Minutes, Special Carlisle City Council Meeting, 5 December 2016

CITY OF CARLISLE

SPECIAL CITY COUNCIL MEETING MINUTES

Monday, 5 December 2016, 6:30 P.M.

Carlisle City Hall Council Chamber

195 North First Street, Carlisle, Iowa

Elected Officials present were Mayor Ruth Randleman and Council Members Rob VanRyswyk, Eric Goodhue, Dan McCulloch, Doug Hammerand, and Drew Merrifield constituting a quorum. Also present was City Administrator Andy Lent. Mayor Randleman called the meeting to order at 6:30 pm.

The Pledge of Allegiance was recited.

CITIZEN PARTICIPATION:

Elizabeth Loux, 520 N 6th Street, Lived in house for 40 years, She asked if service ends, when is the ending date of service? Mayor Randleman stated that it would be the end of June of next year. She doesn’t drive because she is blind in one eye. She appreciates DART service. Son scoops driveway to allow bus to come up to her door. City does a lot of nice things. Please don’t forget senior citizens.

Patty Andrus, 620 Ridge Road, concerned about length of time from downtown and Carlisle for transportation. She was concerned about the notice of when the service would end. Would there be some type of alternative. Mayor Randleman explained that the alternate would be HIRTA and there would be more information coming up in the meeting. Andrus asked if there was a representative of DART was at the meeting? Yes, Elizabeth Presutti, the executive director is here.

Jackie Hook, 500 N 5th Street, stated that several have rode the bus since the first day. She spoke with Carol Fillman who walked from Avon Lake to the grocery store to ride the bus along with her handicap son who needs to make appointments in West Des Moines. Jackie was one of the first users and rides every Friday.

Randy Pegramm, 115 7th Street, lived in city for 54 years feels the bus is necessary to continue to live independently. He rides the bus with them. He feels the bus is good service to have available. He appreciates the assistance they receive to learn about the services available from DART.

Deanne Oakley, 635 School Street, lived here for 33 years. She stated that she is a disabled veteran.

Motion by Goodhue, seconded by Merrifield to receive and file comments/questions from Norm Metcalf, 201 Hawthorn, Norwalk. Motion carried unanimously by roll call vote.

APPROVAL OF BILLS PAYABLE, CHANGE ORDERS AND PAY REQUESTS

Motion by Hammerand, seconded by Van Ryswyk to approve Change Order #6 for Carlisle Fire Station Addition Project. Lent explained that this was for tuck pointing the interior wall of the new addition, which used to be the exterior wall. Merrifield asked why these items are coming up piecemeal. Lent explained that this was a request from Chief Glover, not critical to the construction. Motion carried unanimously on a roll call vote.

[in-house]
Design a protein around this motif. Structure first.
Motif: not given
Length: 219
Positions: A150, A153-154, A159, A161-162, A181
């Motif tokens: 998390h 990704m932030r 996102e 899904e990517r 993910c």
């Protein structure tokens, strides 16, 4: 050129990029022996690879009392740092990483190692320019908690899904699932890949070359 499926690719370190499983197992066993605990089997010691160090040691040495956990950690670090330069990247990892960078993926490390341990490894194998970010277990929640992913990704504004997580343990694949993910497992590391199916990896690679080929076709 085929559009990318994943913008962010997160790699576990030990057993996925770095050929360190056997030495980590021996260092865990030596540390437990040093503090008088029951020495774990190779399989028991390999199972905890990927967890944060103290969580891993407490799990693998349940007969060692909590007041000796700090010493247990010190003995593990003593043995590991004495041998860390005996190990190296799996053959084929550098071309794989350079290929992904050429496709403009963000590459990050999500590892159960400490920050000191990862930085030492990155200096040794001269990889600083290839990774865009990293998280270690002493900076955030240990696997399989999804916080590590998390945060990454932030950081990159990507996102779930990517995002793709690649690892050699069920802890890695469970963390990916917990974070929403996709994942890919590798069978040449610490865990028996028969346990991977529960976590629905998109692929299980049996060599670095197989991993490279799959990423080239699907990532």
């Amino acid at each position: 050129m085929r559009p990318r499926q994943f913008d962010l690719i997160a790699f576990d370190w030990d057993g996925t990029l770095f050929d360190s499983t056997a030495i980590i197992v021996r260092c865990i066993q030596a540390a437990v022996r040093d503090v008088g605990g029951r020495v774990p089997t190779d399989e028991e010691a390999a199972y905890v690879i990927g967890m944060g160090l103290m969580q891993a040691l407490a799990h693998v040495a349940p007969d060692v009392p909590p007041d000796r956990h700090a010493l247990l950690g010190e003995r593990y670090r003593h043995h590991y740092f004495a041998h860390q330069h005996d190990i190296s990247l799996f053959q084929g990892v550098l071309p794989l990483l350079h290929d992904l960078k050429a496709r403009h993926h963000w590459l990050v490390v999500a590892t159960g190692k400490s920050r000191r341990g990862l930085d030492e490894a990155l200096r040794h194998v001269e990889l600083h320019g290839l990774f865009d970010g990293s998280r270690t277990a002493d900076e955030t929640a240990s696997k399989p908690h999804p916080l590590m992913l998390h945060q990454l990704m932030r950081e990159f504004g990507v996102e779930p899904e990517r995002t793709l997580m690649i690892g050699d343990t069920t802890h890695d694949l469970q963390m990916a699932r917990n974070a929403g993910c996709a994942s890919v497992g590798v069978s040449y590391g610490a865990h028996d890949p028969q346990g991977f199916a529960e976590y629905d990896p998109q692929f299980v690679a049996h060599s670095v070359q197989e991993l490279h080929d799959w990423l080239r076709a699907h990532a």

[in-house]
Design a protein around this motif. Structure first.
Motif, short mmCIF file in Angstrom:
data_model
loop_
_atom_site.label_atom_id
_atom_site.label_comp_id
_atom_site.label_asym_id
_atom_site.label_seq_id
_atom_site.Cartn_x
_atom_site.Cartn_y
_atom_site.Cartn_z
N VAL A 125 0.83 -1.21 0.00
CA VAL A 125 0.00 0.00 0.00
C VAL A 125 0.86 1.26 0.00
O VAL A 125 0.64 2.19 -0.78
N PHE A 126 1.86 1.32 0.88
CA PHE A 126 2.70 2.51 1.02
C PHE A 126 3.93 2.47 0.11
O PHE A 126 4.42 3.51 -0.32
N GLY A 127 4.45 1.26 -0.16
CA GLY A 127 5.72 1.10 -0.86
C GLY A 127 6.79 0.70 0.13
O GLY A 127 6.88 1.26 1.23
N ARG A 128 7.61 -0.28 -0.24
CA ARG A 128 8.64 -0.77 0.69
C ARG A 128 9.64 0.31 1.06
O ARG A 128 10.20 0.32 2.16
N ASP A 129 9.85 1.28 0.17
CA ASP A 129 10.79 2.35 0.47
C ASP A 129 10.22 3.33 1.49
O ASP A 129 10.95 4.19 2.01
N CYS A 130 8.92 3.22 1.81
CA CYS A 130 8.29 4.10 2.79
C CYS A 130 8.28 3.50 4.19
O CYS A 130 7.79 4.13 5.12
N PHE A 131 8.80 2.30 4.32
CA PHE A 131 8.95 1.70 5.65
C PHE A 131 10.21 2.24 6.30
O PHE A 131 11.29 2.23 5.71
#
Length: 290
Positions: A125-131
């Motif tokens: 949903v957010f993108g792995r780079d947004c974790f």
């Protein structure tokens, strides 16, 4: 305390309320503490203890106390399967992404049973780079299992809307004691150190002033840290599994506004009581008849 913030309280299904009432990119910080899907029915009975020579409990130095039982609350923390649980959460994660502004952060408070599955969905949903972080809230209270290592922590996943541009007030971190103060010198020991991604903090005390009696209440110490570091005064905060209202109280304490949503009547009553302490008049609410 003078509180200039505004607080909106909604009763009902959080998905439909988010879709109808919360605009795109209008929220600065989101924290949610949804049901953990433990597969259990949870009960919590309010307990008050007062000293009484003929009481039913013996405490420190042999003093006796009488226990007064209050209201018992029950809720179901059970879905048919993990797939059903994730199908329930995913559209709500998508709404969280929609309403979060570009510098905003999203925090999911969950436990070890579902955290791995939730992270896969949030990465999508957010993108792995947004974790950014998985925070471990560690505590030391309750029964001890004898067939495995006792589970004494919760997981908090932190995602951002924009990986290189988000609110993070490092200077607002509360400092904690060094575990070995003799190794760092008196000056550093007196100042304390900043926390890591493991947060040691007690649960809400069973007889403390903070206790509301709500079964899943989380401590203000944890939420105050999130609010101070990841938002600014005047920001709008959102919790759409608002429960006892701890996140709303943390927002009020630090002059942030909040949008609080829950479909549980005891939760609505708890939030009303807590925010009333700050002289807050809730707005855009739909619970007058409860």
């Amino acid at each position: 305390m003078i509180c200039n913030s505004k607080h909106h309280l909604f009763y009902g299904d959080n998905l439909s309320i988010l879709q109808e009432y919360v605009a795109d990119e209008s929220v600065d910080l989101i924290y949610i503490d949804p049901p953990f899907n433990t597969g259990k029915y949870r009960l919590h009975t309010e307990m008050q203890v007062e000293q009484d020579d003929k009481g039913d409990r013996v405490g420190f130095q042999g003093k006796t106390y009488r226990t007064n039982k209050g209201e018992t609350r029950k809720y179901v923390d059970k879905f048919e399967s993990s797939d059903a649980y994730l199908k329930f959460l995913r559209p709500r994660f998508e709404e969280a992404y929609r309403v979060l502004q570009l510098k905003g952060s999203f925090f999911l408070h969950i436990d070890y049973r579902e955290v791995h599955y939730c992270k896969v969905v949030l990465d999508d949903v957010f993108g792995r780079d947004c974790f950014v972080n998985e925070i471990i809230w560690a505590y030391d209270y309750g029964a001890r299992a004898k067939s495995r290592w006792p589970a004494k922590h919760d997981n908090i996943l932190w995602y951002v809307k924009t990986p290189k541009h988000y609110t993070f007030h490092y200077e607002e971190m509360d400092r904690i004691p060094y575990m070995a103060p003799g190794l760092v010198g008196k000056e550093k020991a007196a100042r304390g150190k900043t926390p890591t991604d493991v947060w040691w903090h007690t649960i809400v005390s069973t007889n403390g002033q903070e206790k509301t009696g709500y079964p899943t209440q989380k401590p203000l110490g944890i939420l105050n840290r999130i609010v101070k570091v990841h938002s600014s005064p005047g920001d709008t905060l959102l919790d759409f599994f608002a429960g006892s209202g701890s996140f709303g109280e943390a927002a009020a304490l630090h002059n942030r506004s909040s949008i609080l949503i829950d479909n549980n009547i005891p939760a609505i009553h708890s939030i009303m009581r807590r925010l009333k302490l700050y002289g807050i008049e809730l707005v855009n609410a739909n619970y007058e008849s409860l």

OLD BUSINESS and NEW BUSINESS and POSSIBLE ACTION:

The purpose of the special meeting was to consider Carlisle’s membership in the Des Moines Area Regional Transit Authority (DART). At the end of 2015 calendar year, the City of Carlisle had sent a notice to DART and participating communities that it was withdrawing from membership. The 28E agreement for DART required an 18-month notice sent to all participants, which was done with ride service ending June 30, 2017.

Dylan Mullenix, Des Moines Area Metropolitan Planning Organization (DMAMPO), reviewed the information provided in the packet. He explained the differences between DART and HIRTA which is another public transportation option available in Carlisle. DART is supplemented by a tax levy, HIRTA is not and thus the roundtrip cost is higher. He further explained that in the DART 2035 plan an express route is planned for Carlisle in 5 to 10 years. Hammerand asked if the survey asked if anyone was concerned about the money from the city. Mullenix stated the survey just asked if people were willing to support paying for the service. Merrifield asked if anyone knew how much it cost for taxpayers to pay for the service. He stated that according to DART numbers for 7 riders a week, it costs $167.50 per person to Southridge Mall. For a home of $100,000, an individual taxpayer pays $34 a year in taxes. Merrifield pointed out that Mullenix did not cover the possibility of Uber. Mullenix stated that there was not the critical mass to make that a possibility. Merrifield stated that he had reached out to Uber who said they would be willing to work on this. Mullenix pointed out that Carlisle would still have $63,000 to pay from debt obligation upon leaving DART. He pointed out some things for them to consider: taking away a service that some residents depend on; metro communities competing for amenities like public transit services, what is Carlisle’s role in providing regional services, and finally relationship with peers as far what other cities might think when other MPO community representatives consider funding for future projects. Mayor Randleman explained it was not so much for revenge, but was for practical reasons